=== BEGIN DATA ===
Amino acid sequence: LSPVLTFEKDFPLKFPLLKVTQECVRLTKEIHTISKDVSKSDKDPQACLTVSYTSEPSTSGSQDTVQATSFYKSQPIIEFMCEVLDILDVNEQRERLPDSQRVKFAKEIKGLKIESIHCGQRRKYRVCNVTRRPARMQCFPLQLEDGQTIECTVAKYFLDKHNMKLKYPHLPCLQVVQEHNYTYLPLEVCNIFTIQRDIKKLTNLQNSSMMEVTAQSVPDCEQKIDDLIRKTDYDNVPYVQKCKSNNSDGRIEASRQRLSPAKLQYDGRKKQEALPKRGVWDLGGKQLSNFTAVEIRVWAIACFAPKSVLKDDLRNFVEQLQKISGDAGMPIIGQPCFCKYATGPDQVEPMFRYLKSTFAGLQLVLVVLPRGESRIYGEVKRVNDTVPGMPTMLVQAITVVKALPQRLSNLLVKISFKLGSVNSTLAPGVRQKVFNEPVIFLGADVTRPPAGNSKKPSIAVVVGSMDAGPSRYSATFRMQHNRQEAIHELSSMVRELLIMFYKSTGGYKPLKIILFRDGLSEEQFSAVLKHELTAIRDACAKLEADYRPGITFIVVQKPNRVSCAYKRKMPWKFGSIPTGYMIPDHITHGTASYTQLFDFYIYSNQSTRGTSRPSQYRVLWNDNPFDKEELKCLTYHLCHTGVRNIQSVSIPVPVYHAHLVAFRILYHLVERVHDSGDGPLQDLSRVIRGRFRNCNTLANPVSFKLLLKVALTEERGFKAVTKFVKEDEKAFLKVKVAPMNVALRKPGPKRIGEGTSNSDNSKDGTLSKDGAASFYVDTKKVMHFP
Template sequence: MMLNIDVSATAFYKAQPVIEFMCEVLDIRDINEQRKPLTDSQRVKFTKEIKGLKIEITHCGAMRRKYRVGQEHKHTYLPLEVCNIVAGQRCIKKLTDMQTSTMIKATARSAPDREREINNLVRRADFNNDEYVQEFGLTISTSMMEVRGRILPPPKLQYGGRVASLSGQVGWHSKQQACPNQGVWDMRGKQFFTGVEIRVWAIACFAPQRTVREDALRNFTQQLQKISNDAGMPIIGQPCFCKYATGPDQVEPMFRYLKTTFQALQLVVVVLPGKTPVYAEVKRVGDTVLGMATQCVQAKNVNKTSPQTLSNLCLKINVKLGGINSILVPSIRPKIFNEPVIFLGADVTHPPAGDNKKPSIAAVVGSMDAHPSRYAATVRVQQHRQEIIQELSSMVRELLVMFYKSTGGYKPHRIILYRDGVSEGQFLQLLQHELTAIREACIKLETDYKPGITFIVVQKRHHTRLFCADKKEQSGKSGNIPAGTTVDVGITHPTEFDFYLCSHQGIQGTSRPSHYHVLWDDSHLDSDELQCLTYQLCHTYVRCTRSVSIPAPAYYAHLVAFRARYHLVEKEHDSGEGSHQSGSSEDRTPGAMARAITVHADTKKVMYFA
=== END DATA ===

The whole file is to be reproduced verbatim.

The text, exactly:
Amino acid sequence: LSPVLTFEKDFPLKFPLLKVTQECVRLTKEIHTISKDVSKSDKDPQACLTVSYTSEPSTSGSQDTVQATSFYKSQPIIEFMCEVLDILDVNEQRERLPDSQRVKFAKEIKGLKIESIHCGQRRKYRVCNVTRRPARMQCFPLQLEDGQTIECTVAKYFLDKHNMKLKYPHLPCLQVVQEHNYTYLPLEVCNIFTIQRDIKKLTNLQNSSMMEVTAQSVPDCEQKIDDLIRKTDYDNVPYVQKCKSNNSDGRIEASRQRLSPAKLQYDGRKKQEALPKRGVWDLGGKQLSNFTAVEIRVWAIACFAPKSVLKDDLRNFVEQLQKISGDAGMPIIGQPCFCKYATGPDQVEPMFRYLKSTFAGLQLVLVVLPRGESRIYGEVKRVNDTVPGMPTMLVQAITVVKALPQRLSNLLVKISFKLGSVNSTLAPGVRQKVFNEPVIFLGADVTRPPAGNSKKPSIAVVVGSMDAGPSRYSATFRMQHNRQEAIHELSSMVRELLIMFYKSTGGYKPLKIILFRDGLSEEQFSAVLKHELTAIRDACAKLEADYRPGITFIVVQKPNRVSCAYKRKMPWKFGSIPTGYMIPDHITHGTASYTQLFDFYIYSNQSTRGTSRPSQYRVLWNDNPFDKEELKCLTYHLCHTGVRNIQSVSIPVPVYHAHLVAFRILYHLVERVHDSGDGPLQDLSRVIRGRFRNCNTLANPVSFKLLLKVALTEERGFKAVTKFVKEDEKAFLKVKVAPMNVALRKPGPKRIGEGTSNSDNSKDGTLSKDGAASFYVDTKKVMHFP
Template sequence: MMLNIDVSATAFYKAQPVIEFMCEVLDIRDINEQRKPLTDSQRVKFTKEIKGLKIEITHCGAMRRKYRVGQEHKHTYLPLEVCNIVAGQRCIKKLTDMQTSTMIKATARSAPDREREINNLVRRADFNNDEYVQEFGLTISTSMMEVRGRILPPPKLQYGGRVASLSGQVGWHSKQQACPNQGVWDMRGKQFFTGVEIRVWAIACFAPQRTVREDALRNFTQQLQKISNDAGMPIIGQPCFCKYATGPDQVEPMFRYLKTTFQALQLVVVVLPGKTPVYAEVKRVGDTVLGMATQCVQAKNVNKTSPQTLSNLCLKINVKLGGINSILVPSIRPKIFNEPVIFLGADVTHPPAGDNKKPSIAAVVGSMDAHPSRYAATVRVQQHRQEIIQELSSMVRELLVMFYKSTGGYKPHRIILYRDGVSEGQFLQLLQHELTAIREACIKLETDYKPGITFIVVQKRHHTRLFCADKKEQSGKSGNIPAGTTVDVGITHPTEFDFYLCSHQGIQGTSRPSHYHVLWDDSHLDSDELQCLTYQLCHTYVRCTRSVSIPAPAYYAHLVAFRARYHLVEKEHDSGEGSHQSGSSEDRTPGAMARAITVHADTKKVMYFA